If you trade with EU countries, or if you employ EU nationals, two recent government updates will affect your business.
Get an EORI number to continue trading with the EU
On August 21st 2019, it was announced by the UK Government that HMRC would automatically allocate EORI numbers to more than 88,000 VAT-registered UK businesses in order for them to continue trading with customers and suppliers once the UK has left the EU.
What are EORI numbers?
EORI numbers are a unique ID number allocated to businesses that enables them to be identified by Customs authorities when doing business with other traders.
HMRC was to write to businesses within two weeks of the announcement to advise them of their assigned EORI number.
The importance of EORI numbers
Without one, the government warns that businesses “may have increased costs and delays” when importing or exporting, giving the example that “if HM Revenue and Customs (HMRC) cannot clear your goods you may have to pay storage fees.”
If there’s a no-deal Brexit, the government states “you will need an EORI number that starts with GB in order to move goods in or out of the UK.”
Some businesses will already have one if they trade outside of the EU, but those who only trade within the EU will not have needed one until now.
Which businesses need an EORI number?
All businesses, not just those that are VAT-registered, need an EORI number to trade with the EU.
If you have not yet registered for an EORI number, you can do so here: https://www.gov.uk/eori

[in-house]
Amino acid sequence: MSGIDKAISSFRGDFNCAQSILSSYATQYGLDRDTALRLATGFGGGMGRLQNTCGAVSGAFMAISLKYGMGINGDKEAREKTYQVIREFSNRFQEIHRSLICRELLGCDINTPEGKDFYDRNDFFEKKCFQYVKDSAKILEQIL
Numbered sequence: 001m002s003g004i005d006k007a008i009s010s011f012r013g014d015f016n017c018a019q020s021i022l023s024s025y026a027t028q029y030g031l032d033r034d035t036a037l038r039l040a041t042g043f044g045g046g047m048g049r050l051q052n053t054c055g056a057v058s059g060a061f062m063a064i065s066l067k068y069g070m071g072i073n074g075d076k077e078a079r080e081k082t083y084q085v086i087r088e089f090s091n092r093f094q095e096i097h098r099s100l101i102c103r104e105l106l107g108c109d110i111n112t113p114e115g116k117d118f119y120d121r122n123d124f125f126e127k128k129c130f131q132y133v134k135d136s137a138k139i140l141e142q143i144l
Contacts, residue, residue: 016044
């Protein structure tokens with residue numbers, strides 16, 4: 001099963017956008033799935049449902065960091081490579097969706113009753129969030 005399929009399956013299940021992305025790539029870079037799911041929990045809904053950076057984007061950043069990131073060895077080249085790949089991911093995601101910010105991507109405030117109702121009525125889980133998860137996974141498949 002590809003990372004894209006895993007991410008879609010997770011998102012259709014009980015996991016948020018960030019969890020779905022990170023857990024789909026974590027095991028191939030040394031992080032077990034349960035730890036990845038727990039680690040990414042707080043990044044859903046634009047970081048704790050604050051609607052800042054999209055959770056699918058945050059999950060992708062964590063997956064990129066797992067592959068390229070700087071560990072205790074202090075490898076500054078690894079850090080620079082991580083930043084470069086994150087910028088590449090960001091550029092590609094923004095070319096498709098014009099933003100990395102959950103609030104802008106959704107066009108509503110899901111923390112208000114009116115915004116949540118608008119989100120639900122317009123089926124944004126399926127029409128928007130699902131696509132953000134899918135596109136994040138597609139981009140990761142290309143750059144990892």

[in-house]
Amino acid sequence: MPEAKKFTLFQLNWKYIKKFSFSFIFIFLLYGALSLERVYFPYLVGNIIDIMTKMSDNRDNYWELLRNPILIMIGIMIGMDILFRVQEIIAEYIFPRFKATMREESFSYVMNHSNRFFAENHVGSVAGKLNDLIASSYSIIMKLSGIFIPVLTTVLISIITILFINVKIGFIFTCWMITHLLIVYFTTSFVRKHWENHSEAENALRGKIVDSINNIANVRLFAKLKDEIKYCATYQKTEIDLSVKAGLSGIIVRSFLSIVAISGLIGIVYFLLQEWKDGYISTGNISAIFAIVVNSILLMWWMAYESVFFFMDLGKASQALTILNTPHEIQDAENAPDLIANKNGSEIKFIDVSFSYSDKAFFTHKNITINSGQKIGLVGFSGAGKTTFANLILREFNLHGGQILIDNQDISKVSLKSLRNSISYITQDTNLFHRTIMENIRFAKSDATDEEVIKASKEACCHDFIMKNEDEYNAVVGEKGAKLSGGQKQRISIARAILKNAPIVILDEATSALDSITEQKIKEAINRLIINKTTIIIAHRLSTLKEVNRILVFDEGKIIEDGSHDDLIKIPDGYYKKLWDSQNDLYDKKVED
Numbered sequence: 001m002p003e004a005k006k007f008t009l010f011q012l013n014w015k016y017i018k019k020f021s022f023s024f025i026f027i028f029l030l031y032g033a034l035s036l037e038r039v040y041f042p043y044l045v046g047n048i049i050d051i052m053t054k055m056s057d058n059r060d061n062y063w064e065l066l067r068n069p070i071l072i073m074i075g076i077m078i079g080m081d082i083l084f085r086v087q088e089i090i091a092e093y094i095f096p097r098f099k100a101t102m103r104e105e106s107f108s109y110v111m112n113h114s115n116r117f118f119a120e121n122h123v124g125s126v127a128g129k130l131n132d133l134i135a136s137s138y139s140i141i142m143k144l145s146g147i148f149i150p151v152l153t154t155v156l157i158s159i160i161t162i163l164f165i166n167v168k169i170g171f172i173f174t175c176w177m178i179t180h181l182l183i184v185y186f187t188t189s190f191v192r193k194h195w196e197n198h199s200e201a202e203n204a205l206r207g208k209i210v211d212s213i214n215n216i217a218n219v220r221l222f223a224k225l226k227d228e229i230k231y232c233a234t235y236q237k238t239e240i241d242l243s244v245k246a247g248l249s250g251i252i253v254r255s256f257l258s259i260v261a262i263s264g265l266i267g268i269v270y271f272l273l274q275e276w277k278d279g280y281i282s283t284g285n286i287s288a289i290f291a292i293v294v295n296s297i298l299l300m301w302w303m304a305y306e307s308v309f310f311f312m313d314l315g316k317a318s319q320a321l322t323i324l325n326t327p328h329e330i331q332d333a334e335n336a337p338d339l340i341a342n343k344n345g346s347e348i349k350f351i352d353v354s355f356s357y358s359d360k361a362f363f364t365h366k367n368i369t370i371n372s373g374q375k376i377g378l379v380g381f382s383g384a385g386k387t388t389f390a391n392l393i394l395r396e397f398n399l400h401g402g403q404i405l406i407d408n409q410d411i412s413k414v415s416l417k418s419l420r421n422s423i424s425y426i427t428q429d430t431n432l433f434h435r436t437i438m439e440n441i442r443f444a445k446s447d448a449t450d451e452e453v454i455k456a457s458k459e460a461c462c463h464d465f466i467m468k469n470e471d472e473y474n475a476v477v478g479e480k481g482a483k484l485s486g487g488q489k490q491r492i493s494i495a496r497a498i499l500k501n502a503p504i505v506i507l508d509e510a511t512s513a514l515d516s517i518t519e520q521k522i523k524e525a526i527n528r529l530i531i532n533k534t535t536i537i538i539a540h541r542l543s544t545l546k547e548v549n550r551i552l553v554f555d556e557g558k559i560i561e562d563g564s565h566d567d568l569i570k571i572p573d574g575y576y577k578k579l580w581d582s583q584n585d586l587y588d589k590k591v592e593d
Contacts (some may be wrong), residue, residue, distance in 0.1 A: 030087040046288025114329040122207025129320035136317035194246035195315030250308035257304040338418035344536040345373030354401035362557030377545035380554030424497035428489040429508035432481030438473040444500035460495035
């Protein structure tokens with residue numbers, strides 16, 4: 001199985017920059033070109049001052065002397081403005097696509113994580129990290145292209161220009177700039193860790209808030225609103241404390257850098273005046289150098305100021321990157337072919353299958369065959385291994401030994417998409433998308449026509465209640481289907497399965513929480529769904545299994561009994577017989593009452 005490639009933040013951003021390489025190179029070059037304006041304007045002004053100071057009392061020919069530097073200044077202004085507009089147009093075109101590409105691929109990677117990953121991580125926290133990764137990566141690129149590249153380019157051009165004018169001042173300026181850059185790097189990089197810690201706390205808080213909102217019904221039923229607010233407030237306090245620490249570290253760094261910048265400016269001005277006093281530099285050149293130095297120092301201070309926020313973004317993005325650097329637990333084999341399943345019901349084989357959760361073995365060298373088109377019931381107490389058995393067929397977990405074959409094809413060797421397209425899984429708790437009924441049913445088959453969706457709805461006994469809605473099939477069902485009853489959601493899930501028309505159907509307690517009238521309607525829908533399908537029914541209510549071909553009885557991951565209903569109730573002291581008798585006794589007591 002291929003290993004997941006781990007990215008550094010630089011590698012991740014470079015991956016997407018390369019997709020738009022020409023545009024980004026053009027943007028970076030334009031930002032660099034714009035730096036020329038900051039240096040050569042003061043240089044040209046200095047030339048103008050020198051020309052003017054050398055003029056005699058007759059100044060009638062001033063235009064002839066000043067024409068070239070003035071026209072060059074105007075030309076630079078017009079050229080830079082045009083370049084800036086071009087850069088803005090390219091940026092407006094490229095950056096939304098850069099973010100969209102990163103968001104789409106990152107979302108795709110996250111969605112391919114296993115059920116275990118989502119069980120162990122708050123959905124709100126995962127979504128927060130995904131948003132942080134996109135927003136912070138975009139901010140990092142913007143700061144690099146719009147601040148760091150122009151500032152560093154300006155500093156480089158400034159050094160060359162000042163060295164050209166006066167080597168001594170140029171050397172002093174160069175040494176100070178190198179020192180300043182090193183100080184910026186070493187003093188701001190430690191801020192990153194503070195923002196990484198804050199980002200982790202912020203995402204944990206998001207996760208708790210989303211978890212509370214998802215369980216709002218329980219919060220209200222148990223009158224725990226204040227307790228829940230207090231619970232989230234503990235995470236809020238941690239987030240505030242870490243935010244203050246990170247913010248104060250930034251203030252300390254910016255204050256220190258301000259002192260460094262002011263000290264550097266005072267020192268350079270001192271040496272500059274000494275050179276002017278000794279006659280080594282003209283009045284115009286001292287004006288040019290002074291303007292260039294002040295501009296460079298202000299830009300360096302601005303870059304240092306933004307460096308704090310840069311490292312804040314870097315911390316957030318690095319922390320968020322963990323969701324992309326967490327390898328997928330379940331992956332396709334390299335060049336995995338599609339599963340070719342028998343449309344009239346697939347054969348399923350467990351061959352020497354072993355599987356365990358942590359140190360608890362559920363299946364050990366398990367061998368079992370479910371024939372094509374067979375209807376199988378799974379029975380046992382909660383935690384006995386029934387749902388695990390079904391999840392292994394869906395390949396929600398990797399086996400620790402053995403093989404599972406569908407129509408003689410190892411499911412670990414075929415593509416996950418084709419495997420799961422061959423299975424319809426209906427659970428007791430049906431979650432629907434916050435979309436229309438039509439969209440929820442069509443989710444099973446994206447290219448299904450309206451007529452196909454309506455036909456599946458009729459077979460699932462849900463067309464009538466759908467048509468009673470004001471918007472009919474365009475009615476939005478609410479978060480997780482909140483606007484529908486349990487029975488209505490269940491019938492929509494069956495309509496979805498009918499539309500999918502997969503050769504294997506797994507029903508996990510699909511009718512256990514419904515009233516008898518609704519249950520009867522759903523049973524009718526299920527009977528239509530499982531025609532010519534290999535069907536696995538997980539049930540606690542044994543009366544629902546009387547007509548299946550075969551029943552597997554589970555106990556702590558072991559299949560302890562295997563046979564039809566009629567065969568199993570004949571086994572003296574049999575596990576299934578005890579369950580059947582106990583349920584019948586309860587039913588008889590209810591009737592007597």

Update on the EU Settlement Scheme
The UK Home Office released the below message on August 21st 2019 regarding freedom of movement post-Brexit and how this affects EU citizens living in the UK. This will be of particular relevance to employers with EU national employees.
(Please note: this update was provided before the UK and EU agreed an extension beyond the planned October 31st 2019 Brexit date)
The Home Office message reads:
"There have been reports in the media and on social media regarding plans to end freedom of movement after we leave the EU, as well as what this means for EU citizens resident in the UK.
"We want to reassure all EU citizens and their family members in the UK that you still have until at least 31 December 2020 to apply to the EU Settlement Scheme, even in the event of a no-deal exit. Furthermore, if someone who is eligible for status is not in the UK when we leave the EU, they will still be free to enter the UK as they are now.
"Those who have not yet applied to the EU Settlement Scheme by 31 October 2019 will still have the same entitlements to work, benefits and services. Those rights will not change. EU citizens will continue to be able to prove their rights to access these benefits and services in the same way as they do now.
Visit our Brexit page for the latest information and resources
Our Brexit webpage features information on:
- First steps for sectors
- Preparing for a no-deal Brexit
- Intellectual property
- Data protection
- Horizon 2020 funding
- And more
Visit the webpage now and come back to check for updates as we gain more information over time.